In Hollywood, big-budget, sci-fi films that have the universal “geek” stamp of approval—i.e., Marvel—don’t require a strong script.
There is a notion that all the work that’s done by the Academy of Motion Picture Arts and Sciences is aimed at producing the speculator Oscar celebration, but there is much, much more to know about the Academy than just the pursuit of the famed gold man, Oscar.
Treat your mother—hey, your whole family—to a free performance of the Mobile Unit’s “Twelfth Night,” directed by Saheem Ali at Joseph Papp’s Public Theater.
Brother Nelson George has a wide-open smile that, at first glance, gives the appearance that you are staring into the eyes of a gentleman who’s been slumbering away.
“Sleight,” J.D. Dillard’s strong directorial debut, a film that he co-wrote with Alex Theurer stars up and coming actor, Jacob Latimore, Dulé Hill and ingenue Seychelle Gabriel.
Four stars has become the industry standard for excellence, but like John Leguizamo—the inventive one-man unstoppable force of entertaining truths—I break those stupid rules and I offer the canopy of the stars above to rate his most recent one-man show, “Latin History for Morons.”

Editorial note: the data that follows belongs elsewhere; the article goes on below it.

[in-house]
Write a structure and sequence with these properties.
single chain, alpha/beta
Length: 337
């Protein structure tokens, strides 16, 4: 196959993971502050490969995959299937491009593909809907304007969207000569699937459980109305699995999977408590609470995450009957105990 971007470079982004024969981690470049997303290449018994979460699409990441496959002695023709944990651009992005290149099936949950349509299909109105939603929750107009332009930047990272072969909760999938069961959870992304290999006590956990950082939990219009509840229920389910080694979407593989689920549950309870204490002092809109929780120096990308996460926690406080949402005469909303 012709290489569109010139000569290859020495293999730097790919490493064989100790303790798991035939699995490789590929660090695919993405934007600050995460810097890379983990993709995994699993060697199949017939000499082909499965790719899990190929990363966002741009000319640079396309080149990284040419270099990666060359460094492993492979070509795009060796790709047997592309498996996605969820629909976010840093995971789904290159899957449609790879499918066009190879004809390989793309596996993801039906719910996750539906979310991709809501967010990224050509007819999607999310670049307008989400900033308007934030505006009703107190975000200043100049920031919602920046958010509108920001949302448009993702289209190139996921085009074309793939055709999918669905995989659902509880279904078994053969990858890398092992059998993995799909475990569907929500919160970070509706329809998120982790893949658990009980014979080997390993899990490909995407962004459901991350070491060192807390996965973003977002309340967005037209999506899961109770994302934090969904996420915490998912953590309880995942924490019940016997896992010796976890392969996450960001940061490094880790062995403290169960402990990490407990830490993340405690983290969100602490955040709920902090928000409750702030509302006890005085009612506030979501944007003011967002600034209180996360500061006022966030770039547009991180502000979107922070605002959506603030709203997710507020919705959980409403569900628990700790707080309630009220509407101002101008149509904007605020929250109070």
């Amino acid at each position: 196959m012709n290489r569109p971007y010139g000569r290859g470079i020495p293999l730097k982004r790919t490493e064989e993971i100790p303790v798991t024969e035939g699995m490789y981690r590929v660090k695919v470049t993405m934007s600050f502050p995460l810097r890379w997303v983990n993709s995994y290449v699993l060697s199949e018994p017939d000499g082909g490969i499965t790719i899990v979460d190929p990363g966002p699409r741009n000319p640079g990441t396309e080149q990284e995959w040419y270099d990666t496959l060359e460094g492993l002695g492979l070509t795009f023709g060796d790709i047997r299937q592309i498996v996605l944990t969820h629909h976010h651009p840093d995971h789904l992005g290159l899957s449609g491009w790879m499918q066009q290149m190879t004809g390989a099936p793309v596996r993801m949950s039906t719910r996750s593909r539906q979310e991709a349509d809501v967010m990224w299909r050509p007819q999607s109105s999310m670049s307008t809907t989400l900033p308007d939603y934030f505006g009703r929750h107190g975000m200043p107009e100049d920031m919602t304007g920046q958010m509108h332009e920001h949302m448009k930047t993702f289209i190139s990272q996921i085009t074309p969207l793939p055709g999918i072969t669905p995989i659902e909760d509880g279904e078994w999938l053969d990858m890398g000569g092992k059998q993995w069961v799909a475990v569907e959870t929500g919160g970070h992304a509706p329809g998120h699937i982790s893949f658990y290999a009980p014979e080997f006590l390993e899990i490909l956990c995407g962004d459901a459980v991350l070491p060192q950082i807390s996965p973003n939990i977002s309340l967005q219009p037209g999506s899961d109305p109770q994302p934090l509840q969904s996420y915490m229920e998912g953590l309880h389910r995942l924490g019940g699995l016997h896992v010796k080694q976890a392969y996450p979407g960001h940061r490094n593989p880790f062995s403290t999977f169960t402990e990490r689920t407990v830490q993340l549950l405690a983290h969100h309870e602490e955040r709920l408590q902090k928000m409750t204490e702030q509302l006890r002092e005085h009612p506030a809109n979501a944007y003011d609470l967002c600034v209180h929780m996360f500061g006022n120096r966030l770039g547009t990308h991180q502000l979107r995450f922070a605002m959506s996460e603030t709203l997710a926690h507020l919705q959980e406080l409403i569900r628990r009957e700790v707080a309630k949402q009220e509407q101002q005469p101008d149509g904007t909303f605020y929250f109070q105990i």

The film based on Masamune Shirow’s cult manga series of the same name, “Ghost in the Shell,” has taken big hits for the casting of white woman Scarlett Johansson instead of casting a Japanese woman in the lead role.
While acting in one of Ava DuVernay’s first films the striking actress, Salli Richardson-Whitfield, got the first clue that working behind the camera might be in her future.
Misha Green is co-creator of WGN’s hit series “Underground,” which she also executive produces along with co-series creator, Joe Pokaski, and executive producer and Academy Award-winner John Legend.
Williams: He first appeared in 1974 in “The Incredible Hulk #180,” but I first saw him in “Uncanny X-Men #116” where he popped out razor sharp claws from his fist, (probably) killed someone, reasoned with a sabertooth tiger and tracked teammates by their scents.